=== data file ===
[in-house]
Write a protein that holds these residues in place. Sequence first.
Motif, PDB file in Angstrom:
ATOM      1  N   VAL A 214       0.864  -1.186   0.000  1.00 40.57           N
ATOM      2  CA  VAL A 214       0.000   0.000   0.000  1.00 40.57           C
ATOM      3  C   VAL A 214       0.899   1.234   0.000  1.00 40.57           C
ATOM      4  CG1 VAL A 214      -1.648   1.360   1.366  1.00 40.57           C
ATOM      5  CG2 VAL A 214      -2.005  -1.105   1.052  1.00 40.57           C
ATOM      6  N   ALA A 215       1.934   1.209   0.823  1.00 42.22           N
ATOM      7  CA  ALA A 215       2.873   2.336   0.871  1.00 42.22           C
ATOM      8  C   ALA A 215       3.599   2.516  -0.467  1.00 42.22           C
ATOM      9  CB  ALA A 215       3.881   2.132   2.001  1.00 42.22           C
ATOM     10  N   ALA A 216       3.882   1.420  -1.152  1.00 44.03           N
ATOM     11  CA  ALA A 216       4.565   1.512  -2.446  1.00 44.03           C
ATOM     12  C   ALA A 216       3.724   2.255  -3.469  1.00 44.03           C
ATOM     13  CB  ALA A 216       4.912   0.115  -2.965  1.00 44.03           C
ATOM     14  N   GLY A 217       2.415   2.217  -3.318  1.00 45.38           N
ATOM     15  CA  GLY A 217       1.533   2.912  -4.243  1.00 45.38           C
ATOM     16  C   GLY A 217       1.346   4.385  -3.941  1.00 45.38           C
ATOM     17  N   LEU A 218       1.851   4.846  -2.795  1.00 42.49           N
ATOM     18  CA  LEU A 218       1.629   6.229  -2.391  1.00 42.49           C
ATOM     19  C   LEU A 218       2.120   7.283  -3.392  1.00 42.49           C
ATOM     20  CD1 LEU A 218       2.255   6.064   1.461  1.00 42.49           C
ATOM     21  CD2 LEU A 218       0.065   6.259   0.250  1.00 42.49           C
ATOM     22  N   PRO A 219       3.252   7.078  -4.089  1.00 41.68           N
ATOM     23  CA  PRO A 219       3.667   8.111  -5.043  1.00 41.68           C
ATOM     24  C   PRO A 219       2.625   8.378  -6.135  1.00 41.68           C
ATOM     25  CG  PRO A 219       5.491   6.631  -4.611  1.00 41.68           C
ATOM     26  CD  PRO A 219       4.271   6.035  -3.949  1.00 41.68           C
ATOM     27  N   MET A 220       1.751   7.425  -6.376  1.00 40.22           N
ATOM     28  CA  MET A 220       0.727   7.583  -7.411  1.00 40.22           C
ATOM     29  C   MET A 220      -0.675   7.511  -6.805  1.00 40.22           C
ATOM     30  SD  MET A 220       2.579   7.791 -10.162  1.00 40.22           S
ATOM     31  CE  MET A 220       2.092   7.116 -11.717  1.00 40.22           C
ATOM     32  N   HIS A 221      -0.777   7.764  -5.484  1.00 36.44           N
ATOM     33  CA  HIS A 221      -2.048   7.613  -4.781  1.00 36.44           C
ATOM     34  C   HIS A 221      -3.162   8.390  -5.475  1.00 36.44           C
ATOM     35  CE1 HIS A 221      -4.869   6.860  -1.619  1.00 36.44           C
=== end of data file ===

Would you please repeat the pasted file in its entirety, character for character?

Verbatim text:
[in-house]
Write a protein that holds these residues in place. Sequence first.
Motif, PDB file in Angstrom:
ATOM      1  N   VAL A 214       0.864  -1.186   0.000  1.00 40.57           N
ATOM      2  CA  VAL A 214       0.000   0.000   0.000  1.00 40.57           C
ATOM      3  C   VAL A 214       0.899   1.234   0.000  1.00 40.57           C
ATOM      4  CG1 VAL A 214      -1.648   1.360   1.366  1.00 40.57           C
ATOM      5  CG2 VAL A 214      -2.005  -1.105   1.052  1.00 40.57           C
ATOM      6  N   ALA A 215       1.934   1.209   0.823  1.00 42.22           N
ATOM      7  CA  ALA A 215       2.873   2.336   0.871  1.00 42.22           C
ATOM      8  C   ALA A 215       3.599   2.516  -0.467  1.00 42.22           C
ATOM      9  CB  ALA A 215       3.881   2.132   2.001  1.00 42.22           C
ATOM     10  N   ALA A 216       3.882   1.420  -1.152  1.00 44.03           N
ATOM     11  CA  ALA A 216       4.565   1.512  -2.446  1.00 44.03           C
ATOM     12  C   ALA A 216       3.724   2.255  -3.469  1.00 44.03           C
ATOM     13  CB  ALA A 216       4.912   0.115  -2.965  1.00 44.03           C
ATOM     14  N   GLY A 217       2.415   2.217  -3.318  1.00 45.38           N
ATOM     15  CA  GLY A 217       1.533   2.912  -4.243  1.00 45.38           C
ATOM     16  C   GLY A 217       1.346   4.385  -3.941  1.00 45.38           C
ATOM     17  N   LEU A 218       1.851   4.846  -2.795  1.00 42.49           N
ATOM     18  CA  LEU A 218       1.629   6.229  -2.391  1.00 42.49           C
ATOM     19  C   LEU A 218       2.120   7.283  -3.392  1.00 42.49           C
ATOM     20  CD1 LEU A 218       2.255   6.064   1.461  1.00 42.49           C
ATOM     21  CD2 LEU A 218       0.065   6.259   0.250  1.00 42.49           C
ATOM     22  N   PRO A 219       3.252   7.078  -4.089  1.00 41.68           N
ATOM     23  CA  PRO A 219       3.667   8.111  -5.043  1.00 41.68           C
ATOM     24  C   PRO A 219       2.625   8.378  -6.135  1.00 41.68           C
ATOM     25  CG  PRO A 219       5.491   6.631  -4.611  1.00 41.68           C
ATOM     26  CD  PRO A 219       4.271   6.035  -3.949  1.00 41.68           C
ATOM     27  N   MET A 220       1.751   7.425  -6.376  1.00 40.22           N
ATOM     28  CA  MET A 220       0.727   7.583  -7.411  1.00 40.22           C
ATOM     29  C   MET A 220      -0.675   7.511  -6.805  1.00 40.22           C
ATOM     30  SD  MET A 220       2.579   7.791 -10.162  1.00 40.22           S
ATOM     31  CE  MET A 220       2.092   7.116 -11.717  1.00 40.22           C
ATOM     32  N   HIS A 221      -0.777   7.764  -5.484  1.00 36.44           N
ATOM     33  CA  HIS A 221      -2.048   7.613  -4.781  1.00 36.44           C
ATOM     34  C   HIS A 221      -3.162   8.390  -5.475  1.00 36.44           C
ATOM     35  CE1 HIS A 221      -4.869   6.860  -1.619  1.00 36.44           C